He walked four miles (each direction) with his children to church every week, talking of the Lord along the way — an endeavor John insists the children never begrudged. Upon arriving home each Sunday, he would impart the sermon from memory to his wife — who remained home due to poor health — his children filling in the gaps.
James led a rare home, an unhurried one:
None of us can remember that any day ever passed unhallowed thus [family worship]; no hurry for market, no rush to business, no arrival of friends or guests, no trouble or sorrow, no joy or excitement, ever prevented at least our kneeling around the family altar, while the High Priest led our prayers to God and offered himself and his children there. (Missionary to the Cannibals of the South Seas, 9)
Simple gazes at his Savior in the word, simple (yet ignited) prayers to him from simple faith and trust, led to simple joys, simple yet constant acts of devotion, along with simple sacrifices for others that all amassed into a remarkable legacy of faith and passionate consecration that he passed to his children.
Hear the King of Cannibals speak of such a father.
In family worship, he brought his family into Christ’s presence:
How much my father’s prayers at this time impressed me I can never explain, nor could any stranger understand. When, on his knees and all of us kneeling around him in family worship, he poured out his whole soul with tears for the conversion of the heathen world to the service of Jesus, and for every personal and domestic need, we all felt as if in the presence of the living Savior, and learned to know and love him as our divine friend. (Missionary, 82)
In sending his son off to a possible horrific death, he handed him affectionately to divine providence:
I watched through blinding tears, till his form faded from my gaze; and then, hastening on my way, vowed deeply and oft, by the help of God, to live and act so as never to grieve or dishonor such a father and mother as he had given me. The appearance of my father, when we parted — his advice, prayers, and tears . . . have often, often, all through life, risen vividly before my mind, and do so now while I am writing, as if it had been but an hour ago. (80)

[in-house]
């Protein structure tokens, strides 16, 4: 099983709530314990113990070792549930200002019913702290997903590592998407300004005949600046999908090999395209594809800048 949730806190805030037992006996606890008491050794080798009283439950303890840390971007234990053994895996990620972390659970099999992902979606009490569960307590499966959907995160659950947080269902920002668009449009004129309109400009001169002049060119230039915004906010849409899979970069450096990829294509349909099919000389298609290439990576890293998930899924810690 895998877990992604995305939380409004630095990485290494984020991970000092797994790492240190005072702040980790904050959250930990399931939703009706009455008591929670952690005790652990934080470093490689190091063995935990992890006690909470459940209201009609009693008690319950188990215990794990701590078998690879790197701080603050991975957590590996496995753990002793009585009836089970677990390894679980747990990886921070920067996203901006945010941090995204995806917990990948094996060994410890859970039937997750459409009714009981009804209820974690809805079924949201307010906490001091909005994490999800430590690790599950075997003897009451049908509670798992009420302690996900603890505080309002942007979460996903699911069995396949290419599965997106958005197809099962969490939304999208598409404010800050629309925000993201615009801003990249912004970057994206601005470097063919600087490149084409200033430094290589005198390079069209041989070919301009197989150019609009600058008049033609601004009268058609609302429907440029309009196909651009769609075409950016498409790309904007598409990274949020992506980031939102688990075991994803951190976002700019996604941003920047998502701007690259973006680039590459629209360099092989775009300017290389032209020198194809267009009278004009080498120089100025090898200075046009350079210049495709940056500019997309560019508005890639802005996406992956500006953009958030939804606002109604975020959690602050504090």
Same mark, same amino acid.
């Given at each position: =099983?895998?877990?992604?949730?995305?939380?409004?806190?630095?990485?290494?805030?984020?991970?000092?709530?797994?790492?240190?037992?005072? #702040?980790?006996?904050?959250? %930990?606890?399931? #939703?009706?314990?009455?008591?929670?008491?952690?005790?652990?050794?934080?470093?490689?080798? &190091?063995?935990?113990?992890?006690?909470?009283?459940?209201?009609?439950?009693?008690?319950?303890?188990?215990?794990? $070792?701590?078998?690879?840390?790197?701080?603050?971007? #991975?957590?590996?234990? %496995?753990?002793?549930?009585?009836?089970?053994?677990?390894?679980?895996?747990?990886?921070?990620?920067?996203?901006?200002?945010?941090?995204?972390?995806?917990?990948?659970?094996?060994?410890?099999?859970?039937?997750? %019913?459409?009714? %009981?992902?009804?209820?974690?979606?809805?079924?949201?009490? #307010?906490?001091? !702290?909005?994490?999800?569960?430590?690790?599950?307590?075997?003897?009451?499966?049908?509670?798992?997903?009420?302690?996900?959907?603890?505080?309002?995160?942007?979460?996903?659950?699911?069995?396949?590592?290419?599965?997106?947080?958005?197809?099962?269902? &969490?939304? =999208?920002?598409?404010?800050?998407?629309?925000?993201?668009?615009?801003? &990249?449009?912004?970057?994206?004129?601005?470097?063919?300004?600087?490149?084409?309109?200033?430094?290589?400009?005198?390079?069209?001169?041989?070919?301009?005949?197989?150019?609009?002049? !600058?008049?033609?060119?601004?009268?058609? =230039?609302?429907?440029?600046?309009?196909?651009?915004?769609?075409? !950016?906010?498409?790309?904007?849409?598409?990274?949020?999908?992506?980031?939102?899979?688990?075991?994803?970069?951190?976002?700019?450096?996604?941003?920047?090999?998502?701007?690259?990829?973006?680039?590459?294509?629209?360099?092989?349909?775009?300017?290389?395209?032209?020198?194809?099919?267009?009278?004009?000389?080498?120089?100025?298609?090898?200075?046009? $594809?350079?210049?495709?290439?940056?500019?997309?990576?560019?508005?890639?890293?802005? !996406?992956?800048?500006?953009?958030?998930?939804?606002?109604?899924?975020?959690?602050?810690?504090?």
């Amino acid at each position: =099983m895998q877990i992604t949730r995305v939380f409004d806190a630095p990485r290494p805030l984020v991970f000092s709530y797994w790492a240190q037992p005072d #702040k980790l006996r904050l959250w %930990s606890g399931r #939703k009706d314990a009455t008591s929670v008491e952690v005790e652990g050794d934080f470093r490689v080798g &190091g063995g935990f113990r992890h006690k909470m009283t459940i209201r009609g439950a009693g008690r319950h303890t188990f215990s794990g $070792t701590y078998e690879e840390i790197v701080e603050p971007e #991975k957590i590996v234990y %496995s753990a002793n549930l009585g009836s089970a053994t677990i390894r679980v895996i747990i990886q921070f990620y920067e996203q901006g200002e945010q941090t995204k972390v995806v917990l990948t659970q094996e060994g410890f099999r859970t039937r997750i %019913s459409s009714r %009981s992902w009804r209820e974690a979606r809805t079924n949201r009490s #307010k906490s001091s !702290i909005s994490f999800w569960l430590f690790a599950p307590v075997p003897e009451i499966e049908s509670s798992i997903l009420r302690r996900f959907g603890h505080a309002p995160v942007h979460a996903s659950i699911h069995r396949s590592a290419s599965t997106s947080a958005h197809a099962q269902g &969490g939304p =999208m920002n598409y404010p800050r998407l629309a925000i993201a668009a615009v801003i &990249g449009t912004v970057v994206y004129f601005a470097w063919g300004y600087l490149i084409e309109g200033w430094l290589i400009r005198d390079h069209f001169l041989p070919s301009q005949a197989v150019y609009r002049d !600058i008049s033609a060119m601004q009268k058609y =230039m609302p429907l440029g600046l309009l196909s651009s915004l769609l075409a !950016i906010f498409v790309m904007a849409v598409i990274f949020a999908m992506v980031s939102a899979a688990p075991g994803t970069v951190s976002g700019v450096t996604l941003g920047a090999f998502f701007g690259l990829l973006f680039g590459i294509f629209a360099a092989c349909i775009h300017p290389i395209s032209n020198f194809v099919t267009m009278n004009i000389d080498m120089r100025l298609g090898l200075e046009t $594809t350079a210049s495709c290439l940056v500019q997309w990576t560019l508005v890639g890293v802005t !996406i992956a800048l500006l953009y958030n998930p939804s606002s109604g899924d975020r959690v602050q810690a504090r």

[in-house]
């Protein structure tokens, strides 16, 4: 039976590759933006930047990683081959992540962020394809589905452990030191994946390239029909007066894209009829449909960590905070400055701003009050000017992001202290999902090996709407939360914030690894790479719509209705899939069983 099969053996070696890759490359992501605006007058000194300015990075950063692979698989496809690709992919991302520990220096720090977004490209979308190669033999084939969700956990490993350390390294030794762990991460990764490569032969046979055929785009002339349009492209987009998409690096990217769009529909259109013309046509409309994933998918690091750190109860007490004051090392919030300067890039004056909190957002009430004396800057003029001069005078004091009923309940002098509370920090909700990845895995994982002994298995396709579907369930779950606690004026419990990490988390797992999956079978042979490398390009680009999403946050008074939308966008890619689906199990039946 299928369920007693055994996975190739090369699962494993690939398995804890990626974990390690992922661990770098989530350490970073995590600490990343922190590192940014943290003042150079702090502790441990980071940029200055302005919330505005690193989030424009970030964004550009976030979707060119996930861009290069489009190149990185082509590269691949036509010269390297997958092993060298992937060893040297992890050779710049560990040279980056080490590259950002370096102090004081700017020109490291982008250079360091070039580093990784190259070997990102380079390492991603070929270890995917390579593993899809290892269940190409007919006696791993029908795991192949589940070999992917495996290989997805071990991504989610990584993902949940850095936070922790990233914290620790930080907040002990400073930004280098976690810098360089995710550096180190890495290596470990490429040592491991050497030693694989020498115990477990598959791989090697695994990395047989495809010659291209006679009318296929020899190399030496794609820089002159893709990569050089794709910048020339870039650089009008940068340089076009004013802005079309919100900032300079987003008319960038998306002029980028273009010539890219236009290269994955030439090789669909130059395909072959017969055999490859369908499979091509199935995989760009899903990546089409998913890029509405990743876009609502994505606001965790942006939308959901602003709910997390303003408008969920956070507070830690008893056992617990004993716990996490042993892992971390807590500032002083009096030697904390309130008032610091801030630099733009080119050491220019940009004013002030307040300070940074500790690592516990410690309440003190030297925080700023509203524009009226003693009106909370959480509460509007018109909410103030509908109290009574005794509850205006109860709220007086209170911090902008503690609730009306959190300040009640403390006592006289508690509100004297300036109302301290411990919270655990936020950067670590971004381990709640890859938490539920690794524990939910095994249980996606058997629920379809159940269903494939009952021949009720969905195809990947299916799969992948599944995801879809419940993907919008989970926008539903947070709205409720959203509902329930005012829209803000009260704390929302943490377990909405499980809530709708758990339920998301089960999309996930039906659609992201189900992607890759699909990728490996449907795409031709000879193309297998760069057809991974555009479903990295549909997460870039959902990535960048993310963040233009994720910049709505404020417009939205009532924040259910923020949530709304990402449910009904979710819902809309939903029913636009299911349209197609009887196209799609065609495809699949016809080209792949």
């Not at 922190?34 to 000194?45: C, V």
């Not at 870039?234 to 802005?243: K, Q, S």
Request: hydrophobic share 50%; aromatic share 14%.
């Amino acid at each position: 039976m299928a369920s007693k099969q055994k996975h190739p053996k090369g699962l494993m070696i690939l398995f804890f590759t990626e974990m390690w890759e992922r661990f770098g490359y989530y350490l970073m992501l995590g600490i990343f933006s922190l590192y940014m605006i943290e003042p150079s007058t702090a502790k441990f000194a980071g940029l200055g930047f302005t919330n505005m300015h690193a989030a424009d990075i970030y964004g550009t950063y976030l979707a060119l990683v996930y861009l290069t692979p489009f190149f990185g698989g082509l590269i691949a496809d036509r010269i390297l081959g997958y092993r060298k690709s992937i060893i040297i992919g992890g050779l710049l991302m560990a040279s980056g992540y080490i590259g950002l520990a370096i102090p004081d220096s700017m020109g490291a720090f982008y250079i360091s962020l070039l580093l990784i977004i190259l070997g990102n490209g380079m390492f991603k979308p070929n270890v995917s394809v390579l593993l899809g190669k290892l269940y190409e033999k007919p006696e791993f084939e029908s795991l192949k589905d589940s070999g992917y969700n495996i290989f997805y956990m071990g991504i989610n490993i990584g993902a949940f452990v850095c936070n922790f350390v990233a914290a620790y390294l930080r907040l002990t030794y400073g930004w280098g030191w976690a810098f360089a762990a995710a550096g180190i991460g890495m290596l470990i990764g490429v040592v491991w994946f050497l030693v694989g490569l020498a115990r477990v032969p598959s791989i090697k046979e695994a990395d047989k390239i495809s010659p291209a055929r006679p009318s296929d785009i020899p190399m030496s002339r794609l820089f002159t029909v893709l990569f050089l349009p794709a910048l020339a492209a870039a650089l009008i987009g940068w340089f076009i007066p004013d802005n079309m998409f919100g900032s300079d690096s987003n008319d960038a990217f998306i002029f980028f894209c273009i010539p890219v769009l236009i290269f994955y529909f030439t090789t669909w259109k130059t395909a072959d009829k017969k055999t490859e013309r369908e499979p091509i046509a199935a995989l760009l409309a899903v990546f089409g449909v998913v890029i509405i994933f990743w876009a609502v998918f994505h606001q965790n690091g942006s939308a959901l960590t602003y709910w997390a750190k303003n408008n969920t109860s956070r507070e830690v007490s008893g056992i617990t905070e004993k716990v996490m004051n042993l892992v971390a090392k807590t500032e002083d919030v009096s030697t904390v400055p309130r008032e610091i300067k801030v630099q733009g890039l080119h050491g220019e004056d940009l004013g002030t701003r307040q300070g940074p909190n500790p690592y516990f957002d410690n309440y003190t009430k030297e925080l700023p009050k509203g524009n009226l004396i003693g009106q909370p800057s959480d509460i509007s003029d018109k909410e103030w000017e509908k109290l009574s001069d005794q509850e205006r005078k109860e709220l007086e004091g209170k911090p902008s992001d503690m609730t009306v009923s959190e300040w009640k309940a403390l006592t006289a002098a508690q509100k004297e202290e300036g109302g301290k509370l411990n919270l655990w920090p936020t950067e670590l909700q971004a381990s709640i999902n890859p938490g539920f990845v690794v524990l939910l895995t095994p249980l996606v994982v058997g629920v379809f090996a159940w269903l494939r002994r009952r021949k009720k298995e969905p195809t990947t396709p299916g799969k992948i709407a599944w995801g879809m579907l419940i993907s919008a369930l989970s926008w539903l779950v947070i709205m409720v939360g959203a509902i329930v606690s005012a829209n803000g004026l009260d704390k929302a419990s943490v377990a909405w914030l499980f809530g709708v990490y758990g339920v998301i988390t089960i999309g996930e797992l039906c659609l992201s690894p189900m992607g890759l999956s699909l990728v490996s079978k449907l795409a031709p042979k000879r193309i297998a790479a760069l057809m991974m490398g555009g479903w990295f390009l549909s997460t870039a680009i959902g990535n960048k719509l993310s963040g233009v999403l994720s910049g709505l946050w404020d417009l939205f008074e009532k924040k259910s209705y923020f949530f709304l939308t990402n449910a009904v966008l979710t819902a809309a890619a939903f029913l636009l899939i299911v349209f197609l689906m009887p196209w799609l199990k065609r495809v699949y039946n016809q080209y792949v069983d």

In life, he served as a sanctifying and “shining” example:
In my earliest years particularly, when exposed to many temptations, his parting form rose before me as that of a guardian angel. It is no Pharisaism, but deep gratitude, which makes me here testify that the memory of that scene not only helped, by God’s grace, to keep me pure from the prevailing sins, but also stimulated me in all my studies, that I might not fall short of his hopes, and in all my Christian duties, that I might faithfully follow his shining example. (81)
In death, he left an unforgettable spiritual legacy:
Never, in temple or cathedral, on mountain or in glen, can I hope to feel that the Lord God is more near, more visibly walking and talking with men, than under that humble cottage roof of thatch and oaken wood. Though everything else in religion were by some unthinkable catastrophe to be swept out of memory, or blotted from my understanding, my soul would wander back to those early scenes, and shut itself up once again in the Sanctuary Closet, and, hearing still the echoes of those cries to God, would hurl back all doubts with the victorious appeal, “He walked with God, why may not I?” (85)
What a legacy to leave a son: “He walked with God, why may not I?”